rick McClary and son, and M. J.
Tierney and four children, and many
friends also from Barre.
Mr. and Mrs. Leonard celebrated
their golden wedding six years ago,
many railroad men uniting in mak
ing the occasion a memorable one.
Galbraith. v
Mrs. Jean E., wife of George T.
Galbraith, and daughter of the late
Dr. Thomas Galbraith of Tarentum,
Penn., died at the Galbraith home
stead near Passumpsic, Sunday, Sept
ember 4, at 9.40 p. m after a brief
illness. The deceased was a gradu
ate of the Oswego State Normal
School, N. Y., and for several years
previous to her marriage, was direct
or in a Brooklyn kindergarten. J. he
funeral services were held Thurs
day, Sept. 8,. at 1 p. m., and, in the
absence of her pastor, Rev. Mr. Hill,'
of the North Congregational church,
St. Johnsbury, were conducted by
Rev. Mr. Clark of Barnet, Rev. Mr.
Hawk of Barnet Center, and Rev.
Mr. Kendall . of Tarentum, Penn., a
personal friend of the family. Mrs.
Galbraith is survived by her hus
band, and infant daughter, five
months old.
Six sisters of Mrs. Galbraith were
present at her funeral : - Mrs. O. C.
Camp and Miss Carrie Galbraith of
Tarentum, Penn., Miss Allie Gal
braith of Princeton, N. J., and the
Misses Margaret, Helen,- and Anna
Galbraith, of New York City. The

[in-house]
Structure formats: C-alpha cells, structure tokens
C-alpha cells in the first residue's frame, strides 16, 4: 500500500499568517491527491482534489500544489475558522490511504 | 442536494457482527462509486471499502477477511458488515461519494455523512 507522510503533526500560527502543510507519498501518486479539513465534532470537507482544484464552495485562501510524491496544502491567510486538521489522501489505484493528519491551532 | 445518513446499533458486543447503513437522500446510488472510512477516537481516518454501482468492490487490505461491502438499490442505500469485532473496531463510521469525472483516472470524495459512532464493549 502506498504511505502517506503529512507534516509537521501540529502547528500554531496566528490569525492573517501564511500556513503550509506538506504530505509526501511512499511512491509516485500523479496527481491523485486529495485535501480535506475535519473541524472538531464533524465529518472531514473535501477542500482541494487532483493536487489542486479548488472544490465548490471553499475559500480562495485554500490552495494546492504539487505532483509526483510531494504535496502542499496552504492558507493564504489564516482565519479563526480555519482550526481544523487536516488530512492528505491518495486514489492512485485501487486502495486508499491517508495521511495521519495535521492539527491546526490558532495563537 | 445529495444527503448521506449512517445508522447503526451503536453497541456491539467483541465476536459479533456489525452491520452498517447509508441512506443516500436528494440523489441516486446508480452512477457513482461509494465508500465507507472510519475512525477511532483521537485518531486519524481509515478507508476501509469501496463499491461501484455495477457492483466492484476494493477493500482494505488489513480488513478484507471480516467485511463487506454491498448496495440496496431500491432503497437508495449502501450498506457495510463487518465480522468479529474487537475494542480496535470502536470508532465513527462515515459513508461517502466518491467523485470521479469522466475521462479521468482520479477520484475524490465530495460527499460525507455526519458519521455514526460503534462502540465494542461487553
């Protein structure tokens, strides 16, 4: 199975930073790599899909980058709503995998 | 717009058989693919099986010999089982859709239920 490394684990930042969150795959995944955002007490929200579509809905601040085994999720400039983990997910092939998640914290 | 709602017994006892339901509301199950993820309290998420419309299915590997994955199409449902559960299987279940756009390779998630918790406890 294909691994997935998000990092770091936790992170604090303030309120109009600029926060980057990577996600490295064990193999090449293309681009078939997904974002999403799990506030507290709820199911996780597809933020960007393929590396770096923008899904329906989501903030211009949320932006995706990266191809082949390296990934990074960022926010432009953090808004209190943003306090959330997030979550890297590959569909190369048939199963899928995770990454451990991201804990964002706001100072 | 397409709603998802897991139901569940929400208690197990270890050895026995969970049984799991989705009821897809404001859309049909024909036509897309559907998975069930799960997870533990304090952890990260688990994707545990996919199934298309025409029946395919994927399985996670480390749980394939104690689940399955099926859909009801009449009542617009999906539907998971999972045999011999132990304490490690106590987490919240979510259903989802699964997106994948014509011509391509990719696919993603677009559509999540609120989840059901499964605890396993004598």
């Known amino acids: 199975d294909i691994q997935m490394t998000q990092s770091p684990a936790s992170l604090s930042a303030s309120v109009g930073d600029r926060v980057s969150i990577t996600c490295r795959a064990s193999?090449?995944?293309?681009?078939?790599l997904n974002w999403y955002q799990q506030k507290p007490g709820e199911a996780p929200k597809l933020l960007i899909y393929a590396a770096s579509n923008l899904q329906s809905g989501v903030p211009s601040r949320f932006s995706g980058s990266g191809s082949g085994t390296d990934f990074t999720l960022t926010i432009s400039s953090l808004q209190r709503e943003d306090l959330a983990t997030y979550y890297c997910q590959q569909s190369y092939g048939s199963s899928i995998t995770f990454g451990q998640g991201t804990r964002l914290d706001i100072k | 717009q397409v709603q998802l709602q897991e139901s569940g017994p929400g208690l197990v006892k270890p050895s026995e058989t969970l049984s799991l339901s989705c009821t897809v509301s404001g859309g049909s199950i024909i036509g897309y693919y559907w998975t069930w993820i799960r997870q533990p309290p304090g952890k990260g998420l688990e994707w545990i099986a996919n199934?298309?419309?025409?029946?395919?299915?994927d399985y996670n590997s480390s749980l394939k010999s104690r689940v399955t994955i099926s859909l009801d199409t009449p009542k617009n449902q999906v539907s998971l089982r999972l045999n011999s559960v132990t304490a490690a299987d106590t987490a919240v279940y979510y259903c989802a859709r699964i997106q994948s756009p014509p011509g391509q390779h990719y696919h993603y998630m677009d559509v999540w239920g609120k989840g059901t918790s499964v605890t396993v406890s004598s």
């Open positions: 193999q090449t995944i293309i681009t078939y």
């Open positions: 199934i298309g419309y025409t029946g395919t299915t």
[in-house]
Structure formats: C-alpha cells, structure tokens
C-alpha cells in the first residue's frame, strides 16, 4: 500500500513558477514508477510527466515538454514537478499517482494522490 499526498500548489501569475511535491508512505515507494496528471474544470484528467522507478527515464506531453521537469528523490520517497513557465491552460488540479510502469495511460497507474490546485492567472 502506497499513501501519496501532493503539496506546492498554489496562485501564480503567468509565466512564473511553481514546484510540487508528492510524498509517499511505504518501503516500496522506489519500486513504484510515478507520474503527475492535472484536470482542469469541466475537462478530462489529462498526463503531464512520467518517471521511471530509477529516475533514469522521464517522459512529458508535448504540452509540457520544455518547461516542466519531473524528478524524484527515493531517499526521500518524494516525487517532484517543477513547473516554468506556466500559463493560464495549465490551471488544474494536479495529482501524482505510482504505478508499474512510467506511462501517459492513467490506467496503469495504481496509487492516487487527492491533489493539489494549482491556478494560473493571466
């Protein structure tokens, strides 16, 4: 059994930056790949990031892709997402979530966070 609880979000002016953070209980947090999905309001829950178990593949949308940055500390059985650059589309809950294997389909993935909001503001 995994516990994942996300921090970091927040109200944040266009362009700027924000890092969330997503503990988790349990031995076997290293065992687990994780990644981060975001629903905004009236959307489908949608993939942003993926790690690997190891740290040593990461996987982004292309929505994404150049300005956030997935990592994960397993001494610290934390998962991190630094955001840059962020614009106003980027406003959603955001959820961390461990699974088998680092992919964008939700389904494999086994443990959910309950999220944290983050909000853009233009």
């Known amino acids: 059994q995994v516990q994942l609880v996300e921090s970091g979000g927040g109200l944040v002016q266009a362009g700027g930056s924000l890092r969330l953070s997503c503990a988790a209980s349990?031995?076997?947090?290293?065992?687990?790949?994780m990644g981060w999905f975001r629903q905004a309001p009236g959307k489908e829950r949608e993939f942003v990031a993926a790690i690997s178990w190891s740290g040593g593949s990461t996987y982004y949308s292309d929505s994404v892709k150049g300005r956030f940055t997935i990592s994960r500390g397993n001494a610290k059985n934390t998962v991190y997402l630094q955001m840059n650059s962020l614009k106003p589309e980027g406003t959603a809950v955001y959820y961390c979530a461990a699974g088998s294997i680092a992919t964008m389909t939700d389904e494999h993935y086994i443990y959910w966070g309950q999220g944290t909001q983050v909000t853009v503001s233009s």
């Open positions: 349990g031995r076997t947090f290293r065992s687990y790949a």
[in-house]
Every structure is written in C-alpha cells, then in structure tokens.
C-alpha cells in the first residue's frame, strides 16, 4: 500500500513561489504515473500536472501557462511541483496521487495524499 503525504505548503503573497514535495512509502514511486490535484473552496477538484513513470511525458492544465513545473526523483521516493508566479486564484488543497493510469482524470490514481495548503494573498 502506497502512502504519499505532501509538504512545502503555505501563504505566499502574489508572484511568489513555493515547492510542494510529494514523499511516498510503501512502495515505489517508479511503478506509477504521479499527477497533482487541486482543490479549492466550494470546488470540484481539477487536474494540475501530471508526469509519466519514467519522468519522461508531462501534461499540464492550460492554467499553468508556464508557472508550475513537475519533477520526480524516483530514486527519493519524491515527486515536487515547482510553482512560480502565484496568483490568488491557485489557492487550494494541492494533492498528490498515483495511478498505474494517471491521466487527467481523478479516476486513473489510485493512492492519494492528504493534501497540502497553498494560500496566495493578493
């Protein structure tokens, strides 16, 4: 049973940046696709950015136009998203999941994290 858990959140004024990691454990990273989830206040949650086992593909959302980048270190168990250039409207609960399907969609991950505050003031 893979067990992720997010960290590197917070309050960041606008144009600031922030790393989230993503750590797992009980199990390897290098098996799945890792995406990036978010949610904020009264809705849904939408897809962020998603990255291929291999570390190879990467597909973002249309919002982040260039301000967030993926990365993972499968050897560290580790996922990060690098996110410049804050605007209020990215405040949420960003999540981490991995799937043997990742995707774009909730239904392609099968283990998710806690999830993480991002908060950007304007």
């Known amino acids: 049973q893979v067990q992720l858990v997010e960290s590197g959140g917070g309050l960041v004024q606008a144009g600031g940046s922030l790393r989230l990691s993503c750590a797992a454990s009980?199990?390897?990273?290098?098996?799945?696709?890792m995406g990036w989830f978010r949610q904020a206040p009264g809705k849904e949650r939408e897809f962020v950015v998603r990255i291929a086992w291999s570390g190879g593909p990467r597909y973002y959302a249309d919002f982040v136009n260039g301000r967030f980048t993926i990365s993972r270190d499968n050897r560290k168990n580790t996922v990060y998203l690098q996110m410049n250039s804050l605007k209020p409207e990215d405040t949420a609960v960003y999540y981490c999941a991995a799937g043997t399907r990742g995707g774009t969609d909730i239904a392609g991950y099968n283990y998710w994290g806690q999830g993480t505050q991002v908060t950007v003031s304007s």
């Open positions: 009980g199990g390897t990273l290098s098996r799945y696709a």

interment took place in the family
burying ground at Barnet Center.,
Church Notes.
First Church of Christ, Scientist, Py'
thian Building, Sunday morning service
10.45. Subject, "Matter." The read
ing room is in the same building and is
open daily except Sunday trom 2.30 to 5
p. m.t also Tuesday and Saturday eve
nings irotn Y.dO to 9.
Church of the Messiah,. Universalis!,
Rev. B. F. Butler pastor. Preaching by
the pastor at 10.30 a. m. Sunday
school at noon, (-lasses lor all.
St. Andrews's Episcopal church, Rev
Alfred Poole Grmt, Ph. D., rector. Sun
day services : 7.30 a. m., excepting first
bunday, lO.dO a. m., and 7 p. m., Sun
day school, 12 m. Week-day service
Wednesday, 7.30 p. m., holy days, 10 a.
m. Everybody cordially welcomed.
At the First Baptist church Sunday
morning will begin a series of sermons on
"Jesus' Parables to Hia Disciples". The
subject for the coming Sunday will be
"The liolden Kule m the Kingdom of
Heaven." In the evening the subject
will be What it means to be a Christ
ian." Rally Sunday will be observed by the
Sunday school of the Church of the Mes
siah next Sunday. There will be some
special features. It is hoped that every
member ot tne scnool will be present.
At the Free Baptist church 10.30 next
Sunday morning, the pastor will preach
the first sermon of a series on the doc
trine of the Free Baptist denomination
Topic : The Importance of Belief. Every
member of the church should hear the
entire series. Strangers and the unsaved
are cordially welcome.
Grace Methodist church. Rev. Peter
Black, pastor. Preaching by the pastor
at 10.30 a. m., subject, "Can a Character
be Neutral ?" Sunday , school at 12
o'clock. Junior Epworth League at 3
o'clock. Epworth League boys' meeting
at b o clock, ir eople s evening service at
7 o'clock. Illustrated lecture "The Bed